Marketing Medicare Advantage to seniors of color – even when it’s bad for their health
By Matthew Cunningham-Cook
January 3, 2024
Eugene Quishenberry was 85 years old when his Medicare Advantage plan stopped covering his skilled nursing care. Less than a year later, in 2015, he died.
“It was weird. I came to visit him at the nursing home on Thanksgiving and they said, ‘Tomorrow we’re sending him home,’” his son, Larry Quishenberry, told HEALTH CARE un-covered.
“He hadn’t been able to do rehab at all because he was laid up in bed with these pressure sores on his feet,” Quishenberry said. He was sent home even though he got the pressure sores while he was in the facility. “They never took care of the situation that was created in their place and sent him home anyway. He basically spent that last year in bed,” his son said.
Larry Quishenberry sued his father’s Medicare Advantage plan, asserting that he was improperly denied benefits that he was guaranteed under state law. The plan was run by UnitedHealthcare, which has 29% of the overall Medicare Advantage market. The case made it to the California Supreme Court, where it was dismissed: The justices held that the denial of care was not actionable under state law.
Eugene Quishenberry was African American. In the United States, one in four older Black and Latino adults report that they faced racial discrimination in health care, disparities that appear to be particularly acute in Medicare Advantage plans, which are approved by Medicare but operated by private insurance companies. As opposed to traditional Medicare, which works with almost all doctors and hospitals in the country and rarely requires pre-approval before medical services are provided, Medicare Advantage plans typically exclude many providers from their “networks” and often insist that doctors and hospitals get “authorization” in advance, resulting in widespread care denials.
A 2023 report conducted by RAND Health Care and funded by the Centers for Medicare and Medicaid Services found that “scores for Black Medicare Advantage enrollees were below the national average on 15 clinical care measures, similar to the national average on 19 measures, and above the national average on three measures,” with results even poorer for American Indian/Alaska Native populations.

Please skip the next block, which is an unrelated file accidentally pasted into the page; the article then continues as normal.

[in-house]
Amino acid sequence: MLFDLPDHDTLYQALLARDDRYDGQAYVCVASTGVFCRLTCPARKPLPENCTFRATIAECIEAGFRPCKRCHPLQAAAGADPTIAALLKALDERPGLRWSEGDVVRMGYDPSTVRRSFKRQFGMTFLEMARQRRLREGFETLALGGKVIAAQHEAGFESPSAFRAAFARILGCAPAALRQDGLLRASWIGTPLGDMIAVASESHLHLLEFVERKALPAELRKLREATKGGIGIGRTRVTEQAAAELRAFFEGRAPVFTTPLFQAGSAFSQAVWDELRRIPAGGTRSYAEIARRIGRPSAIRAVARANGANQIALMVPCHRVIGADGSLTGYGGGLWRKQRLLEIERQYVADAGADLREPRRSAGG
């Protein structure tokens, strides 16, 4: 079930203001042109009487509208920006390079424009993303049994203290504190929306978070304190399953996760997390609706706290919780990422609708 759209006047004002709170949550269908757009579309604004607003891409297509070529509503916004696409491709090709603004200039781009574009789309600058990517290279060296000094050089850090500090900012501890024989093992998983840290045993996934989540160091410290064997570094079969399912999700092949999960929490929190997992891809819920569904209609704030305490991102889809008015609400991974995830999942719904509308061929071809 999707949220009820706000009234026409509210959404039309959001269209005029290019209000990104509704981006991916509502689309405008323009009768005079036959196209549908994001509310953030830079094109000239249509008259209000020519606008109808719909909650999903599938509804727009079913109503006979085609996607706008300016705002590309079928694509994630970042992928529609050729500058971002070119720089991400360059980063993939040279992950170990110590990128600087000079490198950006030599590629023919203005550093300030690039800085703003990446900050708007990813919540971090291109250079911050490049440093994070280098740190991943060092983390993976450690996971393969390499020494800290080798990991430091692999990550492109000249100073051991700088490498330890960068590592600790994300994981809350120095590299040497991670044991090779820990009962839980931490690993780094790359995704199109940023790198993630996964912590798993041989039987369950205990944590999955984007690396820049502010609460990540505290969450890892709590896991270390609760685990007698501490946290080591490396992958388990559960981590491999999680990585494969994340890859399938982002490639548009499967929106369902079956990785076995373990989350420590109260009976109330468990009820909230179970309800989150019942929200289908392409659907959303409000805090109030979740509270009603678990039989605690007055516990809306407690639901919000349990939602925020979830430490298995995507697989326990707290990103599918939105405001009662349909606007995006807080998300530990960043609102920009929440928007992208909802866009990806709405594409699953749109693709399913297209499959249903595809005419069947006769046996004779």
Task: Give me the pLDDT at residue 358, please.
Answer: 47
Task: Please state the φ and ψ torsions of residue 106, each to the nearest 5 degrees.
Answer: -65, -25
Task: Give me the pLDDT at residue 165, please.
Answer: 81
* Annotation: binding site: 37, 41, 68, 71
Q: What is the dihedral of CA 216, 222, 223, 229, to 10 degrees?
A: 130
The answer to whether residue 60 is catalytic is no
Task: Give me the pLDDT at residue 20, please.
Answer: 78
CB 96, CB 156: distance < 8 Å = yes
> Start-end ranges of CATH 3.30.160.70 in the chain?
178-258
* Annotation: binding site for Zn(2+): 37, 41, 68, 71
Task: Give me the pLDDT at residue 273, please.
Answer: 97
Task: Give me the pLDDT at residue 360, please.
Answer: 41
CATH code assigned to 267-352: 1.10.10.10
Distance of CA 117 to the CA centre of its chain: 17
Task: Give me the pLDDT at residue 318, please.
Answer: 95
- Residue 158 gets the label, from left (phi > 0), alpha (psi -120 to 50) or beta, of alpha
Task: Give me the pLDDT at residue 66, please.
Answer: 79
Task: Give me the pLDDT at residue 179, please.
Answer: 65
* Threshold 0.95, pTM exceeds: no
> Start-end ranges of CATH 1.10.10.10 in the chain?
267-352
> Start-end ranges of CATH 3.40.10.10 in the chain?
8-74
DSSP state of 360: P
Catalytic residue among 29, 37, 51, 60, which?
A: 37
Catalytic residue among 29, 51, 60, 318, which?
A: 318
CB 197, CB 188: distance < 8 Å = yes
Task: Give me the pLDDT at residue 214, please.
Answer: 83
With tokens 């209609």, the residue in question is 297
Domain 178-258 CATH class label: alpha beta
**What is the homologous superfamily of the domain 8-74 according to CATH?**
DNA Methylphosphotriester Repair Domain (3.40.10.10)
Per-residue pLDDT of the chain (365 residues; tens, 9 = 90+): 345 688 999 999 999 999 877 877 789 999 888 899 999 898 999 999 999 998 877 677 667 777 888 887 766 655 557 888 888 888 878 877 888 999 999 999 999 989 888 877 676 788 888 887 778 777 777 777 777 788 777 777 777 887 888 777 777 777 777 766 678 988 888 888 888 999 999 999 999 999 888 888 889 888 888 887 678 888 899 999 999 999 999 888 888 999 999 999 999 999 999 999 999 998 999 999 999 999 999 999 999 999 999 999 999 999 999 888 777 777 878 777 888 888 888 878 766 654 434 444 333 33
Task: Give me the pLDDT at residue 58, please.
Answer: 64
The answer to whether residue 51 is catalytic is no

Black and Latino seniors are more likely to be enrolled in a Medicare Advantage program than white seniors: 59% of Black seniors and 67% of Latino seniors are enrolled in Medicare Advantage plans, compared to 43% of white seniors.
A recent review of academic studies by KFF, a nonprofit health research organization, found that Black seniors in Medicare Advantage plans have been more exposed to preventable hospitalizations and readmissions, are not getting adequate access to mental health services, are less likely to see a specialist, and are more likely to be in a Medicare Advantage plan with lower star ratings.
A 2021 study by University of Pennsylvania and other researchers found that avoidable hospitalizations for Black seniors were more common in Medicare Advantage than in traditional Medicare, concluding: “Our findings provide evidence of racial disparities in access to high-quality primary care, especially in [Medicare Advantage].” The finding of avoidable hospitalizations buttressed a 2017 study finding that Black seniors in Medicare Advantage plans in New York state were twice as likely to be readmitted after major surgery as those in traditional Medicare.
Medicare Advantage plans have attracted scrutiny in recent months due to the reportedly frequent use of artificial intelligence to guide denials of care. Additionally, artificial intelligence in health care has been criticized for reinforcing racial disparities, with a 2019 study finding that an AI tool used by hospitals to predict care requirements understated the needs of Black patients. But as the KFF review notes, “Medicare Advantage insurers do not report data on prior authorization rates and denials by race or ethnicity, or the use of supplemental benefits for the overall Medicare Advantage population or by race or ethnicity.”
HEALTH CARE un-covered asked the Centers for Medicare and Medicaid Services (CMS) if they planned to begin collecting data that shows denial rates by race and ethnicity. CMS indicated that they currently have no plans to require the collection of this data.
Dr. Claudia Fegan works at the public Cook County Health System, where more than 80% of the patients are Black and Latino, and where, she says, Medicare Advantage plans have been wreaking havoc on her and her colleagues’ ability to provide the care patients need.
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